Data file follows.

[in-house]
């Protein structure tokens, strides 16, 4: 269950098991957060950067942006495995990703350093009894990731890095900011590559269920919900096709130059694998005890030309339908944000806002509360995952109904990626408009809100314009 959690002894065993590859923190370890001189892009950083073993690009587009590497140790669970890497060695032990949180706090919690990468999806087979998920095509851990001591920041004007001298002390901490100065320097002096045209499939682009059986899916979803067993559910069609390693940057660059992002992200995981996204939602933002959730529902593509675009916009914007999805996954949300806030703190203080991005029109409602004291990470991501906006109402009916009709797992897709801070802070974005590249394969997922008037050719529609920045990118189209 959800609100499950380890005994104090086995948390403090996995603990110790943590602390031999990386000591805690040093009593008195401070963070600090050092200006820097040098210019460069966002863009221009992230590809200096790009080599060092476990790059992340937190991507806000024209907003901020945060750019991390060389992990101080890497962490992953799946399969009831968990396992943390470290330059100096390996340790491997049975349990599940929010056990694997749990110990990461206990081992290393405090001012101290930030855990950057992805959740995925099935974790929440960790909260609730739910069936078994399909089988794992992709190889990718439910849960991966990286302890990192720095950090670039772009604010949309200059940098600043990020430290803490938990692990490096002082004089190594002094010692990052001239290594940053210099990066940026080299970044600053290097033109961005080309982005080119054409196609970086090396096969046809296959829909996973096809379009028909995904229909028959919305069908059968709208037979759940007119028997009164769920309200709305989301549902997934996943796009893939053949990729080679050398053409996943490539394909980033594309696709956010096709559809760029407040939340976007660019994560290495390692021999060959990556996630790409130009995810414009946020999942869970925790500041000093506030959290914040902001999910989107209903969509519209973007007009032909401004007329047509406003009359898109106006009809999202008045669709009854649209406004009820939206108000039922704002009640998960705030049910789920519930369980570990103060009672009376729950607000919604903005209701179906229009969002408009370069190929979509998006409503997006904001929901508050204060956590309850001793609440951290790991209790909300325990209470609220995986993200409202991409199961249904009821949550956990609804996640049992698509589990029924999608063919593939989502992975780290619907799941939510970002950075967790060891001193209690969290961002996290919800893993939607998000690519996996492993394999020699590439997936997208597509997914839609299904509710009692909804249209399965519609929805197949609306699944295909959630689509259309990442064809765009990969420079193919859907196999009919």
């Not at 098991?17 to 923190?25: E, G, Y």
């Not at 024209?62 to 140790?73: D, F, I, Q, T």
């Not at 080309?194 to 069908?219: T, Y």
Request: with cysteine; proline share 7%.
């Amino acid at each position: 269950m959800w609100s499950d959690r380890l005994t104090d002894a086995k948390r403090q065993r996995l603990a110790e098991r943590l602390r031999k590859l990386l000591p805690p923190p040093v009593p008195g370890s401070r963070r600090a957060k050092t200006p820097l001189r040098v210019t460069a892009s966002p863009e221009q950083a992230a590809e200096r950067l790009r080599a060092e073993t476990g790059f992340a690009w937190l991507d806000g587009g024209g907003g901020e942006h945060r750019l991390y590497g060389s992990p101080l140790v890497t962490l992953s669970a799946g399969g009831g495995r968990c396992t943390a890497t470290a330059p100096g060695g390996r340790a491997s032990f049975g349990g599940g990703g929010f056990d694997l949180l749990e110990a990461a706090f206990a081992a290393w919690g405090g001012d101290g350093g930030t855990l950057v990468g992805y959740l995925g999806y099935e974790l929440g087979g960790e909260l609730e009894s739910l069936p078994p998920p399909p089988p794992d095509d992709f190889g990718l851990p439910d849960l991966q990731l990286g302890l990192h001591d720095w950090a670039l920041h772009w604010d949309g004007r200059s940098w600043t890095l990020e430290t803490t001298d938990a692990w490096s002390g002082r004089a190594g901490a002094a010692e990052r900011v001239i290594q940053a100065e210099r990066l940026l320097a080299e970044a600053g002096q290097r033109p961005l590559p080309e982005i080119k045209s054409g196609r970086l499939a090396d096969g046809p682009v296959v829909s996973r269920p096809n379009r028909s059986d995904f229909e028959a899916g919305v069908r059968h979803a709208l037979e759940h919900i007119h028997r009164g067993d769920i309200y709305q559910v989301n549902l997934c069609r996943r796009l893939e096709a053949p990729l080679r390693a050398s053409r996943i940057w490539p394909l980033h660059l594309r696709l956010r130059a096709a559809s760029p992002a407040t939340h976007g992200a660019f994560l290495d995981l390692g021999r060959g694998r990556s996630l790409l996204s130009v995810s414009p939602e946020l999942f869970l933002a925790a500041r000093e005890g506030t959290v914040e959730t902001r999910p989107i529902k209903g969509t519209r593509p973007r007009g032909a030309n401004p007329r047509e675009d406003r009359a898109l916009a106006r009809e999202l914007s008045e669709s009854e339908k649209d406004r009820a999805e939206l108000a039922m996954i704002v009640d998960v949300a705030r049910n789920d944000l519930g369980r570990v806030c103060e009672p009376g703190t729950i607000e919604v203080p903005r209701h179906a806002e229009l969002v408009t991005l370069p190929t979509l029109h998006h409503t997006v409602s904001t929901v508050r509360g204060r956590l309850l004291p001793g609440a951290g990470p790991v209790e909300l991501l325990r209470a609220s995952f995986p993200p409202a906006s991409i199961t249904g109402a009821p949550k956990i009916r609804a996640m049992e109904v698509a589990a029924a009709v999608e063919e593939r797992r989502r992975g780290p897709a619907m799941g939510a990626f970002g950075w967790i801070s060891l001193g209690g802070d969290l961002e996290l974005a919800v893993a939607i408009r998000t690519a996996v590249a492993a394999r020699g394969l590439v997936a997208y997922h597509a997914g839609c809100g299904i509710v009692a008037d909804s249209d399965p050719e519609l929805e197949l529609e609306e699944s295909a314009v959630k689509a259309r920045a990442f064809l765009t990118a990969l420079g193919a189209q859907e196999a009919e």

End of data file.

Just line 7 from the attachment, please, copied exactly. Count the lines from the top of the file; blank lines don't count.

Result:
């Amino acid at each position: 269950m959800w609100s499950d959690r380890l005994t104090d002894a086995k948390r403090q065993r996995l603990a110790e098991r943590l602390r031999k590859l990386l000591p805690p923190p040093v009593p008195g370890s401070r963070r600090a957060k050092t200006p820097l001189r040098v210019t460069a892009s966002p863009e221009q950083a992230a590809e200096r950067l790009r080599a060092e073993t476990g790059f992340a690009w937190l991507d806000g587009g024209g907003g901020e942006h945060r750019l991390y590497g060389s992990p101080l140790v890497t962490l992953s669970a799946g399969g009831g495995r968990c396992t943390a890497t470290a330059p100096g060695g390996r340790a491997s032990f049975g349990g599940g990703g929010f056990d694997l949180l749990e110990a990461a706090f206990a081992a290393w919690g405090g001012d101290g350093g930030t855990l950057v990468g992805y959740l995925g999806y099935e974790l929440g087979g960790e909260l609730e009894s739910l069936p078994p998920p399909p089988p794992d095509d992709f190889g990718l851990p439910d849960l991966q990731l990286g302890l990192h001591d720095w950090a670039l920041h772009w604010d949309g004007r200059s940098w600043t890095l990020e430290t803490t001298d938990a692990w490096s002390g002082r004089a190594g901490a002094a010692e990052r900011v001239i290594q940053a100065e210099r990066l940026l320097a080299e970044a600053g002096q290097r033109p961005l590559p080309e982005i080119k045209s054409g196609r970086l499939a090396d096969g046809p682009v296959v829909s996973r269920p096809n379009r028909s059986d995904f229909e028959a899916g919305v069908r059968h979803a709208l037979e759940h919900i007119h028997r009164g067993d769920i309200y709305q559910v989301n549902l997934c069609r996943r796009l893939e096709a053949p990729l080679r390693a050398s053409r996943i940057w490539p394909l980033h660059l594309r696709l956010r130059a096709a559809s760029p992002a407040t939340h976007g992200a660019f994560l290495d995981l390692g021999r060959g694998r990556s996630l790409l996204s130009v995810s414009p939602e946020l999942f869970l933002a925790a500041r000093e005890g506030t959290v914040e959730t902001r999910p989107i529902k209903g969509t519209r593509p973007r007009g032909a030309n401004p007329r047509e675009d406003r009359a898109l916009a106006r009809e999202l914007s008045e669709s009854e339908k649209d406004r009820a999805e939206l108000a039922m996954i704002v009640d998960v949300a705030r049910n789920d944000l519930g369980r570990v806030c103060e009672p009376g703190t729950i607000e919604v203080p903005r209701h179906a806002e229009l969002v408009t991005l370069p190929t979509l029109h998006h409503t997006v409602s904001t929901v508050r509360g204060r956590l309850l004291p001793g609440a951290g990470p790991v209790e909300l991501l325990r209470a609220s995952f995986p993200p409202a906006s991409i199961t249904g109402a009821p949550k956990i009916r609804a996640m049992e109904v698509a589990a029924a009709v999608e063919e593939r797992r989502r992975g780290p897709a619907m799941g939510a990626f970002g950075w967790i801070s060891l001193g209690g802070d969290l961002e996290l974005a919800v893993a939607i408009r998000t690519a996996v590249a492993a394999r020699g394969l590439v997936a997208y997922h597509a997914g839609c809100g299904i509710v009692a008037d909804s249209d399965p050719e519609l929805e197949l529609e609306e699944s295909a314009v959630k689509a259309r920045a990442f064809l765009t990118a990969l420079g193919a189209q859907e196999a009919e």